Mother of missing SC toddler pondered selling, giving away boy, friend says


COLUMBIA — Over­whelmed by parenting, the mother of a missing South Carolina toddler considered giving away or selling her son to alleviate the stress, a high school friend testified Wednesday.


“She actually said, ‘Sometimes, I think about giving him away,’” said Christian Dickerson, who called frequently to check up on her friend, Zinah Jennings. “She told me that she thought about selling him.”

Jennings, 23, had planned her pregnancy, said Dickerson, who added that she saw Jennings abuse the boy in September 2011.

“She set him on the floor, and she kicked him and told him to go play,” Dickerson said. “She said it’s nothing like she expected, that sometimes she thinks about throwing him out of the car on the highway.”

Jennings is on trial on a charge of illegal conduct toward a child. Her son, Amir, was 18 months when he was last seen around Thanksgiving in Columbia. Police say Jennings has told them misleading, false stories about where the boy is.

The boy’s father testified that he wanted to play more of a role in his son’s life but that Jennings wouldn’t let him. After their two-year relationship ended, Roderick Mitchell testified that he was surprised when Jennings allowed him to spend a day with Amir in November 2011.

A week later, Mitchell said he tried to see Amir again, but Jennings wouldn’t allow it.

“I picked him up, gave him a hug and a kiss, and I left,” Mitchell said of November 29, 2011, the last day he saw his son.

Several of Mitchell’s relatives and some of Jennings’ friends testified Wednesday that they offered to watch Amir for Jennings but she never took them up on those offers.

“I said, you can bring him over here anytime, and she refused,” said Charisma Mitchell, Roderick Mitchell’s sister.

Prosecutors began portraying Jennings’ apparent stress Tuesday, when they played a two-hour interview in which she told police searching for the boy that she needed a break from the child. Jennings said she was stressed from parenting, criticism from her mother and being unemployed and needed some time to herself. An officer is heard repeatedly telling Jennings he understands her situation and just needs to see the boy to know that he’s OK.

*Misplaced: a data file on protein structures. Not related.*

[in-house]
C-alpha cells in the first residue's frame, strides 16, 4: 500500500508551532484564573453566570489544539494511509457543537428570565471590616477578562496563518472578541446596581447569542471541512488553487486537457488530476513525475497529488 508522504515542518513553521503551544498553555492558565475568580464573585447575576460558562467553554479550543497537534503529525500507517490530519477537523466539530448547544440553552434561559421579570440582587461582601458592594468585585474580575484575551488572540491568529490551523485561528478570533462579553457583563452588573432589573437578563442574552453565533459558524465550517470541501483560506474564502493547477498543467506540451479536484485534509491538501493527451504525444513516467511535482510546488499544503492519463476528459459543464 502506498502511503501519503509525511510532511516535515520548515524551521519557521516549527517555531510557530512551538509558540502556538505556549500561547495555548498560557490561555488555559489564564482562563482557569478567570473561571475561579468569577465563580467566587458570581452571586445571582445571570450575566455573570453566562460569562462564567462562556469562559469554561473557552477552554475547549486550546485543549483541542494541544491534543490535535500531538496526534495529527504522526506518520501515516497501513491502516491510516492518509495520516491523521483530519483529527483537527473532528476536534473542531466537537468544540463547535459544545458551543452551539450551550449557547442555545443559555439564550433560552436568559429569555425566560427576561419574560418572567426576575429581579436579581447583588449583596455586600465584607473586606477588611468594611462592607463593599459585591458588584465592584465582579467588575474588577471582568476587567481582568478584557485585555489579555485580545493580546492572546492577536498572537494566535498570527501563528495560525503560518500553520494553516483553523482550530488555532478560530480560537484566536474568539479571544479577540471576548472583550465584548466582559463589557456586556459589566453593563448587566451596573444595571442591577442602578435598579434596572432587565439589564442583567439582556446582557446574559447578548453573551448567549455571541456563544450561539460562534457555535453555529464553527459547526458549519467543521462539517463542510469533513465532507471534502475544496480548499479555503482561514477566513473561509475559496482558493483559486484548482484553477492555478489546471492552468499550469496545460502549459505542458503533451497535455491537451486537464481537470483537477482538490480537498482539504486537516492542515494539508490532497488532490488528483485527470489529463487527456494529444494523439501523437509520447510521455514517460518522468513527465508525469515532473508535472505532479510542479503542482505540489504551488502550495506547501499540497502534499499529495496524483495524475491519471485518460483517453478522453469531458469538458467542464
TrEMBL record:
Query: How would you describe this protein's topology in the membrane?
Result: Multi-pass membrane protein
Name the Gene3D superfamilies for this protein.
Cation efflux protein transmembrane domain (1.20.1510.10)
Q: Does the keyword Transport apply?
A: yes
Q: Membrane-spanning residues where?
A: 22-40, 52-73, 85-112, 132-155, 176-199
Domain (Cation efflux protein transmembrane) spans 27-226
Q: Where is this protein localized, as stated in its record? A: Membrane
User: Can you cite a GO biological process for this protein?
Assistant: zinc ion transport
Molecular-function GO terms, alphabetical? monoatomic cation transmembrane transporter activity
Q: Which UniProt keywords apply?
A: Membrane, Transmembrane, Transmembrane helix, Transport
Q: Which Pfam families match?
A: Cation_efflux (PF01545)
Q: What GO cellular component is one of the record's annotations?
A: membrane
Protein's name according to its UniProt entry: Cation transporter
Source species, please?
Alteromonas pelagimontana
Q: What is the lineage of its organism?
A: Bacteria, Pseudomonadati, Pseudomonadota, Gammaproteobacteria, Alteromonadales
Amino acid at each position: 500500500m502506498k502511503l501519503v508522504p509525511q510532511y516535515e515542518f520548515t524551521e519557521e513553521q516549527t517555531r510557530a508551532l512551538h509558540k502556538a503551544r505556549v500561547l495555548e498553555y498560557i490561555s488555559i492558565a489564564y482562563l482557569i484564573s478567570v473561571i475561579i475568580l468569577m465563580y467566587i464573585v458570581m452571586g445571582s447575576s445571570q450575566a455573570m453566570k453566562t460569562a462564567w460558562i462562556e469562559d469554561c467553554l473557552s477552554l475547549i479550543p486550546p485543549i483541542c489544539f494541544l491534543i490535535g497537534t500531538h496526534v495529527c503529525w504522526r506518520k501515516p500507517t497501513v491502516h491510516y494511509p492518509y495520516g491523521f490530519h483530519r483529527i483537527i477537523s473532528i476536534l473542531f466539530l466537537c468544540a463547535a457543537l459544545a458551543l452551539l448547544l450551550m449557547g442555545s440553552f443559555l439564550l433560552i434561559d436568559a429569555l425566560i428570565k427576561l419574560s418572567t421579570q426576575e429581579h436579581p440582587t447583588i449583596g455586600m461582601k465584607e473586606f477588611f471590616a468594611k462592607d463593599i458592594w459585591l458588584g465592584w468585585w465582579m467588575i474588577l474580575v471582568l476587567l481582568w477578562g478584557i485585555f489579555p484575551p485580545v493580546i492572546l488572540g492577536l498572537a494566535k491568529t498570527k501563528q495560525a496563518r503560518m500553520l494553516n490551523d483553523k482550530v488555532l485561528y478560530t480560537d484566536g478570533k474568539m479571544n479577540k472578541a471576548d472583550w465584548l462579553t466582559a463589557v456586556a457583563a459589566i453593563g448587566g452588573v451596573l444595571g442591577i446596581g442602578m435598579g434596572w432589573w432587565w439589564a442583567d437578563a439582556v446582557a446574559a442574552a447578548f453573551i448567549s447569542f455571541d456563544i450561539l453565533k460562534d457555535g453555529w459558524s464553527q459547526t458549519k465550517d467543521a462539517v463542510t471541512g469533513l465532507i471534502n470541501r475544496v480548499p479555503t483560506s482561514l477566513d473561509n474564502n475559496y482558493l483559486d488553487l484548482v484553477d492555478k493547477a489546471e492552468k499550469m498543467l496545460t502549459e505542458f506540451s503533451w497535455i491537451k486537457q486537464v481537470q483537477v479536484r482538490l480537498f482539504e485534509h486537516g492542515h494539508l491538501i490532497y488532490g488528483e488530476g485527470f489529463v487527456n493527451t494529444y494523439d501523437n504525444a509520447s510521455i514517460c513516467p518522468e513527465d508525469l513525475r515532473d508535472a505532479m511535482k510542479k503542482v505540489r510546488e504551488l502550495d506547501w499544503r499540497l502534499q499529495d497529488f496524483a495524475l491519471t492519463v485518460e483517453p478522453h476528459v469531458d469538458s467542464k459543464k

Jennings still refuses to give police details about her son, becoming defensive when talking about caring for him and saying she had known the people with whom she left him for a long time.

“It’s very frustrating,” says Jennings of the pressure she felt from her mother to succeed and be a good parent. “All eyes are on me.”

The interview was from a conversation Jennings had with police several days after a Christmas Eve car wreck in downtown Columbia. Jennings initially told police she had no children, then said the boy was with relatives and friends in cities from Atlanta to Charlotte, N.C. Investigators chased down Jennings’ stories but arrested her after several dead ends.

Prosecutors also played a bank’s surveillance video from November 29, 2011 – the last day Amir was reported seen – in which the boy runs around the bank and tries to go through the front doors while his mother talks with a teller.

In other testimony, a man who met Jennings a day later in Augusta said he saw no child with Jennings and no car seat in her car. He said she introduced herself as a 19-year-old college student living in the area. Jennings’ trips to Augusta were backed up by cellphone records analyzed by an FBI agent.

Jennings’ trial is expected to last several weeks, and she faces up to 10 years if convicted.